22 thoughts on “Why Both EMC & NetApp Want Data Domain”

  1. Om,
    There is an even higher level business trend at work that is driving the value of DataDomain (and other companies). DataDomain is one of what I call the Three Horsemen of IT ROI Improvement: VMWare, Riverbed and DataDomain. All three of these companies’ primary value proposition lies in making existing IT more efficient/disrupting inefficient historical paradigms. VMWare – better server utilization, Riverbed – better bandwidth utilization & DataDomain – better storage efficiency. In short, these companies exemplify the strength of technologies that improve “the ROI of IT”. If you look at their growth rates and valuations, it’s clear that this is the strongest trend in the technology markets today.
    If you view the technology market from this perspective, it starts to explain most of the valuation and growth trends from the last 5 years.

    1. Jake

      I couldn’t agree more. Over last few years, I have come to believe that commoditization of technology hardware offers amazing opportunities for folks to build a big “software-service-experience” businesses on top of those. I wrote about this in 2004 and since then I have been following these companies. (My stuff at B2 was all about this trend.) So it has taken 5 years for us to come to this future. 🙂

      I am glad you “tied a bow” around such a big trend. Thanks/

  2. Om,
    one does not get this type of analysis too often in today’s short snippet content world. nice post.

  3. EMC doesn’t want Data Domain for its technology, or its people. DD is full of ex-EMC people who hate EMC. EMC wants DD for exactly one reason: to keep NetApp out of all the EMC shops who have bought DD equipment. EMC needs yet another de-duplication technology like it needs a hole in Joe Tucci’s head.

  4. As a customer of EMC’s (acquired) Avamar de-duped B2D solution, I fail to see what DataDomain can bring to the table here. In our bake-off, we found Avamar to be a superior solution. I see no explanation for EMC’s bid other than to ruthlessly buy, scavenge and kill a competitive product. They don’t want DD, they just don’t want NetApp to have them.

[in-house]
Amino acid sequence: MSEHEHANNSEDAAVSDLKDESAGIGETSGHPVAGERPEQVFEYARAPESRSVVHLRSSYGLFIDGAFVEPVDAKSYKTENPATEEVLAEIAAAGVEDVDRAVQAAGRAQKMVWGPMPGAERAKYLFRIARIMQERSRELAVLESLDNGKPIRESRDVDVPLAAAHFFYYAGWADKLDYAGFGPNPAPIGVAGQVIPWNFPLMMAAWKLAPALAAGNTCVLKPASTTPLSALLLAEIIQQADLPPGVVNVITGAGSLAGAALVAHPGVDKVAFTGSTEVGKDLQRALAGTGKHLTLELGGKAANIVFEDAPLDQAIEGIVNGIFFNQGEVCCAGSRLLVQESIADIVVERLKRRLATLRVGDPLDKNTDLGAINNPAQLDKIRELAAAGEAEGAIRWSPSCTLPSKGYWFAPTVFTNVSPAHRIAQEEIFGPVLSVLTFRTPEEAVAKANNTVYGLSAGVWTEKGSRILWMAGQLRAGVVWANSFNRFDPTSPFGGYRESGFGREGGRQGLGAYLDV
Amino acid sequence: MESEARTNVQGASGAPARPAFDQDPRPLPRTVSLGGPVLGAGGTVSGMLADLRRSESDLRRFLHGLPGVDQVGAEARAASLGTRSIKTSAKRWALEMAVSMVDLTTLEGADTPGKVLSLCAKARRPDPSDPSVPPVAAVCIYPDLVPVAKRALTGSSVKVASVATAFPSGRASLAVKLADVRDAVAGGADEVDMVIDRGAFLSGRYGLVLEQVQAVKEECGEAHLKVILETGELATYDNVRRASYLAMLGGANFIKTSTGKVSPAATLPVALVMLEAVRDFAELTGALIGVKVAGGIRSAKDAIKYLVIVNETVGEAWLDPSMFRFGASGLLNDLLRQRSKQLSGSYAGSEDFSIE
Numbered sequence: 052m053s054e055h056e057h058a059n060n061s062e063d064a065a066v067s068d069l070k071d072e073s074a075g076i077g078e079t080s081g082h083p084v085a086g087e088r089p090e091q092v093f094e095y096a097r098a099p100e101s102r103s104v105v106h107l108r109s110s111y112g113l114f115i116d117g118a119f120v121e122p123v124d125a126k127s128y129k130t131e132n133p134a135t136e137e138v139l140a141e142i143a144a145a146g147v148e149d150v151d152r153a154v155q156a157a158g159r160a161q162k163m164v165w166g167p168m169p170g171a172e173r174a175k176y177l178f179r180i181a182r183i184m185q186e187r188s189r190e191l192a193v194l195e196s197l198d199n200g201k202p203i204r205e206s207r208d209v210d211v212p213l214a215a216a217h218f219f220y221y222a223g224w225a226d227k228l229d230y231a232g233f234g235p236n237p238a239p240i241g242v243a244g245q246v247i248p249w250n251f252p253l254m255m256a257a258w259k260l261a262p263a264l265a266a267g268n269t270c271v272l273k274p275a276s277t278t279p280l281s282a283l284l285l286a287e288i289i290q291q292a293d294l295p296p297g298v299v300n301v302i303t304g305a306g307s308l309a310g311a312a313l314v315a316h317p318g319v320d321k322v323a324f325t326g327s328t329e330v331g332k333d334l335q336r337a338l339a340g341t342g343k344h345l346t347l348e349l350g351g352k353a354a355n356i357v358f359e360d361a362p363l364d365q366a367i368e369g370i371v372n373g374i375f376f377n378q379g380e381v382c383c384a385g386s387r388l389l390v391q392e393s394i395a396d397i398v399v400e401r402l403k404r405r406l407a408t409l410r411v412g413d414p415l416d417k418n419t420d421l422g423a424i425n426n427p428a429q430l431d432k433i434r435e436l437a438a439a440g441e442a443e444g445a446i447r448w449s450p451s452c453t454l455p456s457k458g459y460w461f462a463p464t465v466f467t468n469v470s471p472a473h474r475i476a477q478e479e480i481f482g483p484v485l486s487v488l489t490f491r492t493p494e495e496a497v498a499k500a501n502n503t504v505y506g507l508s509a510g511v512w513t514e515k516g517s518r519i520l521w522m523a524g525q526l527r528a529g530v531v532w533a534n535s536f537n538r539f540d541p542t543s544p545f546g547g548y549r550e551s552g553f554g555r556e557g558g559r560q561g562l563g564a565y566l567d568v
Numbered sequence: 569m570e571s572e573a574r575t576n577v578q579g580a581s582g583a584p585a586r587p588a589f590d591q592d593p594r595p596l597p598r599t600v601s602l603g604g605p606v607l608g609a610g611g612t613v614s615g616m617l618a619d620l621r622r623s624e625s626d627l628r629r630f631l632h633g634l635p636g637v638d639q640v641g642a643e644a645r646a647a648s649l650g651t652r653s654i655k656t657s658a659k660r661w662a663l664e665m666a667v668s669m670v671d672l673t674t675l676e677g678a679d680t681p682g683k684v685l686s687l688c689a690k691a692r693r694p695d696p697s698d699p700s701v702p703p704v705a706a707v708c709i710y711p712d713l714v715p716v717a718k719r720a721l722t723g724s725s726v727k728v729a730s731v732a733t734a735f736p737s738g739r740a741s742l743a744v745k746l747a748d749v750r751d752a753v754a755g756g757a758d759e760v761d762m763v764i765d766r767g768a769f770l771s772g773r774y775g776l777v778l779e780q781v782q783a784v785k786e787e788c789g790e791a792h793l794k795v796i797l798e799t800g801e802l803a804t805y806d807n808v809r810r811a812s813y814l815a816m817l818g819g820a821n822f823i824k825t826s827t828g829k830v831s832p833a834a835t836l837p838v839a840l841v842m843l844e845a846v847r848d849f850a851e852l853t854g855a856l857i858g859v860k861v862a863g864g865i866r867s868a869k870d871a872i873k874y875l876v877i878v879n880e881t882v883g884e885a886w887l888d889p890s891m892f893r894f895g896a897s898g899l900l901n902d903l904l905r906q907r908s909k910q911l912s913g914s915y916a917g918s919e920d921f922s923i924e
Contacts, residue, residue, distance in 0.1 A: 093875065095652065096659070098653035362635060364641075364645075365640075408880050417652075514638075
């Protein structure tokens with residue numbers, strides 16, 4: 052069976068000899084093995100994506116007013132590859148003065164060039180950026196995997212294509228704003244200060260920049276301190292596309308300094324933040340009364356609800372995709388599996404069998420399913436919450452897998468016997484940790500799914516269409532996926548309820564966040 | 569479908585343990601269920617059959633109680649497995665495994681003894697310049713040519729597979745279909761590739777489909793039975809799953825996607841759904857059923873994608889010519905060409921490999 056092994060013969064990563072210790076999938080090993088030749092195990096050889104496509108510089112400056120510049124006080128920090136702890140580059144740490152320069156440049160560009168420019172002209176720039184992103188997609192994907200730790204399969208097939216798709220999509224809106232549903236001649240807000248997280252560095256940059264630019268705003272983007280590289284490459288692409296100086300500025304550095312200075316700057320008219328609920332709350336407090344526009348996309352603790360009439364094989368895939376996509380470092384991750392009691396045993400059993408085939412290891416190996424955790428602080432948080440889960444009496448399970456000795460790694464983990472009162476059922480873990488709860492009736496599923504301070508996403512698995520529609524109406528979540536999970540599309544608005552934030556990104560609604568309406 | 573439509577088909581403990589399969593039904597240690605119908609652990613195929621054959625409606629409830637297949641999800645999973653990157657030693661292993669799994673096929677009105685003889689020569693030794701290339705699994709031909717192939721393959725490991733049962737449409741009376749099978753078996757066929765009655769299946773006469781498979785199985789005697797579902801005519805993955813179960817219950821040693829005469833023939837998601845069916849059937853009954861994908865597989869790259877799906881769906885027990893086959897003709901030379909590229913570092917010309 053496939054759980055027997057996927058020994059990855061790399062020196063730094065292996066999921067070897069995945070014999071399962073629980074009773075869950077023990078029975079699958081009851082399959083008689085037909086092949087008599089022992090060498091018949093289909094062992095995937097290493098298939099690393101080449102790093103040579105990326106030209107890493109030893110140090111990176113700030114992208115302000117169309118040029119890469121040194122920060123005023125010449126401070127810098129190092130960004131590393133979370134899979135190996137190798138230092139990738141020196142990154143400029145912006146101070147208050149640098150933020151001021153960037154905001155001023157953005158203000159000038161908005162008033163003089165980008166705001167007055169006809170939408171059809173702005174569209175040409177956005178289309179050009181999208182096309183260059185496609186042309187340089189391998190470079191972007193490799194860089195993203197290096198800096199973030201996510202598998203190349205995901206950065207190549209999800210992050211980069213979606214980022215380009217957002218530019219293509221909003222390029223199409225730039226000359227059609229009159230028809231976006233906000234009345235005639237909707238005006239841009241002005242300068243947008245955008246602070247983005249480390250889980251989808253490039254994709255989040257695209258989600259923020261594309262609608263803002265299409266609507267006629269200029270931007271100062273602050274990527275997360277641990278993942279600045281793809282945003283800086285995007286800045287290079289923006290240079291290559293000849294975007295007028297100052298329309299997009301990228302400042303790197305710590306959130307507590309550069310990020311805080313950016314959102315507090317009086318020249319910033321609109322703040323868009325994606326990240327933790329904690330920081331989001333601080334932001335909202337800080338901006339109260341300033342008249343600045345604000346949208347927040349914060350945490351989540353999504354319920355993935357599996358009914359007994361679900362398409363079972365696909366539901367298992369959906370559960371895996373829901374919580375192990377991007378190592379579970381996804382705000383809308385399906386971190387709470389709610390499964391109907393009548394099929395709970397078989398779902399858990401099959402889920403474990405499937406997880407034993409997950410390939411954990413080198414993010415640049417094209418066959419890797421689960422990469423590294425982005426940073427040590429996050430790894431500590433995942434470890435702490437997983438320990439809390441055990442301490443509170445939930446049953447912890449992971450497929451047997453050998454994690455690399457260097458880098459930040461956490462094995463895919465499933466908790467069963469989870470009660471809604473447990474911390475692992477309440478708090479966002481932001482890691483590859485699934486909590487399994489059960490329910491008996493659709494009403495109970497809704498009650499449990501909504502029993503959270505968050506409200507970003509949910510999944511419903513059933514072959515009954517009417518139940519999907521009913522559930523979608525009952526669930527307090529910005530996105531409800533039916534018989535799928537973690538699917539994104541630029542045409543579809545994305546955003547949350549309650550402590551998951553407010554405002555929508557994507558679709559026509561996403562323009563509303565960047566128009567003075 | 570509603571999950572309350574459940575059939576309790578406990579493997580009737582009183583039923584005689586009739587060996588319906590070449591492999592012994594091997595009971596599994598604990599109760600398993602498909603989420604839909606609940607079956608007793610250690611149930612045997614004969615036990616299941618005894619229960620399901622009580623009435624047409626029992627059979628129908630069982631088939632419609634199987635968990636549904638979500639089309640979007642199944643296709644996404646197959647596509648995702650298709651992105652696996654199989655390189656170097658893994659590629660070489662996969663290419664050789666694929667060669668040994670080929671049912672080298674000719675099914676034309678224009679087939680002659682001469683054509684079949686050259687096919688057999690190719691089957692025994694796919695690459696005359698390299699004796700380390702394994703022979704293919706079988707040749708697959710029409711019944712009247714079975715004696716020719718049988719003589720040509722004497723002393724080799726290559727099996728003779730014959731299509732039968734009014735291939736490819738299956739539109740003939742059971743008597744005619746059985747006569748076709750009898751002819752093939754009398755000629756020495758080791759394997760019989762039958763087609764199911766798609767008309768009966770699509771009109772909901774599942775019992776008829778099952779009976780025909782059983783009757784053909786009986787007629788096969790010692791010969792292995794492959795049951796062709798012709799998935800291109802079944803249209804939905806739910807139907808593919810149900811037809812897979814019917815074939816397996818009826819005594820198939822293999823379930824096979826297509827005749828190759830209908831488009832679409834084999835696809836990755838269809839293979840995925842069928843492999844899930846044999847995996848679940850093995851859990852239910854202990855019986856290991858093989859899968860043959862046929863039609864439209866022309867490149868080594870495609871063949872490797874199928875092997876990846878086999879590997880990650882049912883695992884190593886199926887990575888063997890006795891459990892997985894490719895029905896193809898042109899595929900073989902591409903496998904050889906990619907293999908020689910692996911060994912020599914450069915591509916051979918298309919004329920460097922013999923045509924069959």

1. Avamar and Data Domain are not competitors, they are in 2 different spaces. Avamar is Client level, Data domain target, EMC has no real solution for target dedupe, that is why they would go after Data Domain. Data Domain crushes the Quantum solution in a “bake-off”. For mid-sized and large customers, target is the only way to go. The infrastructure required for client level solutions is crazy to maintain when you get over 50TB.

      1. I agree with Mike K.

        1) They compete
        2) Source side de-duplication is a technical winner every time. DD solves one problem, less disk on the back end. Products that do it on the source like Avamar solve many, less disk, shorter backup windows, and the ability to remove tape/disk at remote sites for backup.

        The only problem is Avamar requires and investment and change of software solutions, while DD works with any; however I’ve never heard a customer get 1/2 the reduction that DD claims.

  5. I am sure you did a bakeoff Mike. You sound like a very insecure EMC guy, who is still attempting to sell the virtues of a failed technology. If the money involved in these deals from both NetApp and EMC doesn’t tell that neither company has a viable alternative, then nothing will. No company has EVER paid over a billion dollars for a product they don’t need, just to keep a competitor from getting it.

  6. NetApp’s and EMC’s Data Domain acquisition attempts are bald-faced admissions of their products’ inferior technological merits. DD is a growing threat with a better solution that they can’t compete with, so they’ll destroy it by assimilating it just like NetApp did with Spinnaker. It doesn’t really matter whether they’re successful at integrating, the real goal is anti-competitive. Maybe the Fed should prohibit the purchase.

  7. Shame no one seems to be taking into account the after sales support on these products, and why are netapp filers being compared to EMC solutions (propriatery file based V block addressed). I am in the position of evaluating the support issues for all the above mentioned vendor solutions and for my 2cents worth I wouldn’t touch EMC with a ten foot pole since their support structure is the worst I have encountered in 20 years of storage analysis!

    1. Why would you say that the EMC support structure is the worst you have seen? As an integrator all I hear from customers is that they leave Netapp because of the strength in EMC support, not necessarily for their Cellera products?

  8. It’s about mathematics and functions that reduce binary storage constraints. Client or server side are irrelevant. JBOD doesn’t care where the bits come from.

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